Skip to main content

Hepatocyte Wnts Are Dispensable During Diethylnitrosamine and Carbon Tetrachloride-Induced Injury and Hepatocellular Cancer

The full text article is temporarily unavailable.

We apologise for the inconvenience. Please try again later.

Activation of the Wnt/β-catenin signaling is reported in large subsets of hepatocellular carcinoma (HCC). Upregulation of Wnt genes is one contributing mechanism. In the current study, we sought to address the role of hepatocyte-derived Wnts in a model of hepatic injury, fibrosis, and carcinogenesis. We subjected hepatocyte-specific Wntless knockout mice (HP-KO), unable to secrete Wnts from hepatocytes, and littermate controls (HP-CON) to diethylnitrosamine and carbon tetrachloride (DEN/CCl4) and harvested at 3, 5, and 6 months for histological and molecular analysis. Analysis at 5 months displayed increased hepatic expression of several Wnts and upregulation of some, but not all, β-catenin targets, without mutations in Ctnnb1. At 5 months, HP-CON and HP-KO had comparable tumor burden and injury; however, HP-KO uniquely showed small CK19+ foci within tumors. At 6 months, both groups were moribund with comparable tumor burden and CK19 positivity. While HCC histology was indistinguishable between the groups, HP-KO exhibited increased active β-catenin and decreased c-Myc, Brd4, E-cadherin, and others. Hepatic injury, inflammation, and fibrosis were also indistinguishable at 3 months between both groups. Thus, lack of Wnt secretion from hepatocytes did not affect overall injury, fibrosis, or HCC burden, although there were protein expression differences in the tumors occurring in the two groups.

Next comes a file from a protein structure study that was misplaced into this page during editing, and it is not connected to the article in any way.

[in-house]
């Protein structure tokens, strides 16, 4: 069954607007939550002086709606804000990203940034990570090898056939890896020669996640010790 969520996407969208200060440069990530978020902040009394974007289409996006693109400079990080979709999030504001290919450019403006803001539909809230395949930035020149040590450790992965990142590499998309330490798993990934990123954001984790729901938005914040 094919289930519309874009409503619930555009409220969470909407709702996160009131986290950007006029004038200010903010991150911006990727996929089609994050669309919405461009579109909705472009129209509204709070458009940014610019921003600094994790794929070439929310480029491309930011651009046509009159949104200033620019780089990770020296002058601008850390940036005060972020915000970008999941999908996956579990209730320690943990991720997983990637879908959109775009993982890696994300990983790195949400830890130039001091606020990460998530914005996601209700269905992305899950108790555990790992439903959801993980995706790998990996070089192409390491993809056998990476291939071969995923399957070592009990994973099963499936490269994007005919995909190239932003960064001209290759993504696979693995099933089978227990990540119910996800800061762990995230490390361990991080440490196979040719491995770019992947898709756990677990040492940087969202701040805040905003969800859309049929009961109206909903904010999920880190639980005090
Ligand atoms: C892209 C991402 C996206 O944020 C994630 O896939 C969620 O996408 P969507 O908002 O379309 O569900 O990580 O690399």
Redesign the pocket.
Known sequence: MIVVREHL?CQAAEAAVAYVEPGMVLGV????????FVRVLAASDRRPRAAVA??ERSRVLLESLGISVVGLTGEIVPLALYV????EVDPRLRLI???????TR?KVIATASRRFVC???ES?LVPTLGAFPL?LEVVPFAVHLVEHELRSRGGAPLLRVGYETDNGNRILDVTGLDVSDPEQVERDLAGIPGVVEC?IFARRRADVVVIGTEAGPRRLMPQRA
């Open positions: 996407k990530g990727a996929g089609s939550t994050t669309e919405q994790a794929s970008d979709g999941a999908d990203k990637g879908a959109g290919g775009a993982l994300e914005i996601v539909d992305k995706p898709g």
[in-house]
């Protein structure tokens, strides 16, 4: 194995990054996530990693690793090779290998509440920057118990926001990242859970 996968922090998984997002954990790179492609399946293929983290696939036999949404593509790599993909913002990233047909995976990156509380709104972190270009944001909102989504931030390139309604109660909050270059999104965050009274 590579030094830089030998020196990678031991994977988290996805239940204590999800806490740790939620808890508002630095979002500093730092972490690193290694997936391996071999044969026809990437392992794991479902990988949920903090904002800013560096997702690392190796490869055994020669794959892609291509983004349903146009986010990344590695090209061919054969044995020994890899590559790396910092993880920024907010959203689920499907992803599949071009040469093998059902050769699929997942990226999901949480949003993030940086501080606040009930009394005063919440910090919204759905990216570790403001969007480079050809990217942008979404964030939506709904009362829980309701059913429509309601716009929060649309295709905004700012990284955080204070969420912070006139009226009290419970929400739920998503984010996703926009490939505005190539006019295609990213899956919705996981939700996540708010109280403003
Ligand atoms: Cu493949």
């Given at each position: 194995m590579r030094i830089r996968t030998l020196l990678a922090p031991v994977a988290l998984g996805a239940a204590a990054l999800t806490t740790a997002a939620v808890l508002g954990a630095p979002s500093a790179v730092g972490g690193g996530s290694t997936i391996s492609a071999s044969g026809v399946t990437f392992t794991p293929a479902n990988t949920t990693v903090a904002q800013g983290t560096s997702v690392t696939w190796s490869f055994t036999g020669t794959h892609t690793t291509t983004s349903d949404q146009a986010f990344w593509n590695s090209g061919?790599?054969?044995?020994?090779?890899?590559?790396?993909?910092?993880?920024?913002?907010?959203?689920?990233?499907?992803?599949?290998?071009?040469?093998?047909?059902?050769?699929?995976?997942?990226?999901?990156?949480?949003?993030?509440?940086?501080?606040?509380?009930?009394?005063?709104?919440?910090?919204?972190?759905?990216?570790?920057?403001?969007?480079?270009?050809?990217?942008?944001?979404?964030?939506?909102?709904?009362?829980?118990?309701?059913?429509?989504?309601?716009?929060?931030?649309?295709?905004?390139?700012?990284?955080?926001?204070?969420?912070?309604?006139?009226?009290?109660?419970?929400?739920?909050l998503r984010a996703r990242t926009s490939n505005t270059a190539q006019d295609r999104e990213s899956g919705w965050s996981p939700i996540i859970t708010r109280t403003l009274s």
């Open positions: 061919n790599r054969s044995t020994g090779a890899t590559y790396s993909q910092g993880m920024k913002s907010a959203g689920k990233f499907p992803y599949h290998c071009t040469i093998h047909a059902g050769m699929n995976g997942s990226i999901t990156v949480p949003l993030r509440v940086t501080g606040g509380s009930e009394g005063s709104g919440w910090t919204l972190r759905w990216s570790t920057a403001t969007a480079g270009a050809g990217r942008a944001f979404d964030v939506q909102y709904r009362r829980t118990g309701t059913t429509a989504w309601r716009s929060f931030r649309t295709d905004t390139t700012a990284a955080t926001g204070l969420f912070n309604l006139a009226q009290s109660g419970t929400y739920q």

No References
No Citations
No Supplementary Data
No Article Media
No Metrics

Keywords: Carbon tetrachloride; Diethylnitrosamine; Hepatocellular carcinoma; Wnt; β-Catenin

Document Type: Research Article

Affiliations: Department of Pathology, University of Pittsburgh School of Medicine and University of Pittsburgh Medical Center, Pittsburgh, PA, USA

Publication date: 22 August 2018

  • Access Key
  • Free content
  • Partial Free content
  • New content
  • Open access content
  • Partial Open access content
  • Subscribed content
  • Partial Subscribed content
  • Free trial content
Cookie Policy
X
Cookie Policy
Ingenta Connect website makes use of cookies so as to keep track of data that you have filled in. I am Happy with this Find out more